Discover the cosmos! Each day a different image or photograph of our fascinating universe is featured, along with a brief explanation written by a professional astronomer.
2010 September 13
Explanation: An unusual triangle of light is visible this time of year just before dawn, in the northern hemisphere. Once considered a false dawn, this triangle of light is actually zodiacal light, light reflected from interplanetary dust particles. The bright reflecting triangle is clearly visible on the right of the above horizontally-compressed image taken just after sunset from Namibia in the southern hemisphere in 2009 June. The central band of our Milky Way Galaxy on the left first mirrors the zodiacal band on the right but then curves around the sky. The faint smudges inside the arch of the Milky Way are the Large and Small Magellanic Clouds. Zodiacal dust orbits the Sun predominantly in the same plane as the planets: the ecliptic. Zodiacal light is so bright in the north this time of year because the dust band is oriented nearly vertical at sunrise, so that the thick air near the horizon does not block out relatively bright reflecting dust. Zodiacal light is also bright for people in Earth's northern hemisphere in March and April just after sunset. In the southern hemisphere, zodiacal light is most notable after sunset in late summer, and brightest before sunrise in late spring.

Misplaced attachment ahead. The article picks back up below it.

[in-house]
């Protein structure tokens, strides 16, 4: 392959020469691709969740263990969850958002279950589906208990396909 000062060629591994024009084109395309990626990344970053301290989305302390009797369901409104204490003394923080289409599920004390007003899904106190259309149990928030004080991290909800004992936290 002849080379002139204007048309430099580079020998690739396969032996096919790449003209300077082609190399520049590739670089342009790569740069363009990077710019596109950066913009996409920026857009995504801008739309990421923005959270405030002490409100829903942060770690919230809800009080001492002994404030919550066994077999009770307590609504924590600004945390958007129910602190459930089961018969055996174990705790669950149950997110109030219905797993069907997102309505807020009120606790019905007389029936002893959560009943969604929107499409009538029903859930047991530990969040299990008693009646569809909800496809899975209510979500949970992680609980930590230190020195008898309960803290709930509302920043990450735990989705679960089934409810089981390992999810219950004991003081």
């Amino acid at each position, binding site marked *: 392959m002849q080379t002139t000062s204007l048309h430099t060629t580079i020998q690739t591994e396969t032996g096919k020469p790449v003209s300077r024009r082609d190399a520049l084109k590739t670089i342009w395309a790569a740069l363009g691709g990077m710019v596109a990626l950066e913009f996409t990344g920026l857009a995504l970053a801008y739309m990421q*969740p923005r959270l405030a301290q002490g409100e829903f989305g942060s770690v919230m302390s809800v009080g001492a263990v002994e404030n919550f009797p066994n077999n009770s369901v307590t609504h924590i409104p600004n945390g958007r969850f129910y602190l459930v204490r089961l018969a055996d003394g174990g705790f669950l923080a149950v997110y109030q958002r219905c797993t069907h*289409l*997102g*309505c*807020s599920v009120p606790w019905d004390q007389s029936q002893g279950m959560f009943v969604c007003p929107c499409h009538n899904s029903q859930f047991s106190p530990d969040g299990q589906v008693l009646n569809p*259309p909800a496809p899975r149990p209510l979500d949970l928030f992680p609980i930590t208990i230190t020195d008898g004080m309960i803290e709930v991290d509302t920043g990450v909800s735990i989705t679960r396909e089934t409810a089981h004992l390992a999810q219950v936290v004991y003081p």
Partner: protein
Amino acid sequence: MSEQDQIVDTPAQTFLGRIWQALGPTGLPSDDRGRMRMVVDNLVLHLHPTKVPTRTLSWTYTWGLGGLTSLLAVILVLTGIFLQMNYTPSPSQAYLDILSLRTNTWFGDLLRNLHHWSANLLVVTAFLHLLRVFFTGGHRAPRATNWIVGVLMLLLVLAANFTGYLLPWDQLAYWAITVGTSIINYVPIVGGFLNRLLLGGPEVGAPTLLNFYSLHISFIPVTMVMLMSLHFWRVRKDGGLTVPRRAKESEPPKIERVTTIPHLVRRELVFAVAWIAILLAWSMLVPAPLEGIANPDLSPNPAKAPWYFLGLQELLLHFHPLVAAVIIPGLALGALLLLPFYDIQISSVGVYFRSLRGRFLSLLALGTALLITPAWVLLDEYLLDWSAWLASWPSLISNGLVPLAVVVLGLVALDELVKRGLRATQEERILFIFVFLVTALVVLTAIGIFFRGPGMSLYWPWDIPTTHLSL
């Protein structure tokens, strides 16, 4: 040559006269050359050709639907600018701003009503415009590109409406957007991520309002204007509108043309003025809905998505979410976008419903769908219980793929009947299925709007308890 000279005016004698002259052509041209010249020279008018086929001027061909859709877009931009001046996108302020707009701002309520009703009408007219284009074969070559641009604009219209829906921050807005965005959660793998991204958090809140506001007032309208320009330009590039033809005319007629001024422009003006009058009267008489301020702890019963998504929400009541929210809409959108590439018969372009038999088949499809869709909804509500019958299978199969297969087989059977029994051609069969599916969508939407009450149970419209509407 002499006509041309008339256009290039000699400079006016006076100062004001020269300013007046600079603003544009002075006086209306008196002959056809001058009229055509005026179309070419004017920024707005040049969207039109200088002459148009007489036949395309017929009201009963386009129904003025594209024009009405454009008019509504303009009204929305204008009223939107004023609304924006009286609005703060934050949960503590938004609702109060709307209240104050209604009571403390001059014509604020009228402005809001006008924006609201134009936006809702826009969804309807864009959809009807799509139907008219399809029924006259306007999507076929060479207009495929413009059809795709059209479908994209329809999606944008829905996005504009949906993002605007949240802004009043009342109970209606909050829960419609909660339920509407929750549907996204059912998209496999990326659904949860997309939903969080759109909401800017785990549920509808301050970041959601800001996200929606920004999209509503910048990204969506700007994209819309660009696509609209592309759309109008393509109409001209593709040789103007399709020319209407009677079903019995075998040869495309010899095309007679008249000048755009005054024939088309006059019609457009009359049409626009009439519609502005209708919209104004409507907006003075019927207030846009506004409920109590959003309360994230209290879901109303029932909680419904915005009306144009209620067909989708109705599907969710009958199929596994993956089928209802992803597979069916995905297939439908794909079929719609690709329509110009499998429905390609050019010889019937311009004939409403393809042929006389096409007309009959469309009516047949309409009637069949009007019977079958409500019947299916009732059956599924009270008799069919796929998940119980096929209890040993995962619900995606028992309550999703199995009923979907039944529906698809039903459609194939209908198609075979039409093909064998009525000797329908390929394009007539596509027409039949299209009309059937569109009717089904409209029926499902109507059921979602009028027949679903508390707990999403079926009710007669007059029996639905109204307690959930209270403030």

Authors & editors:
Jerry Bonnell (UMCP)
NASA Official: Phillip Newman Specific rights apply.
A service of: ASD at NASA / GSFC
& Michigan Tech. U.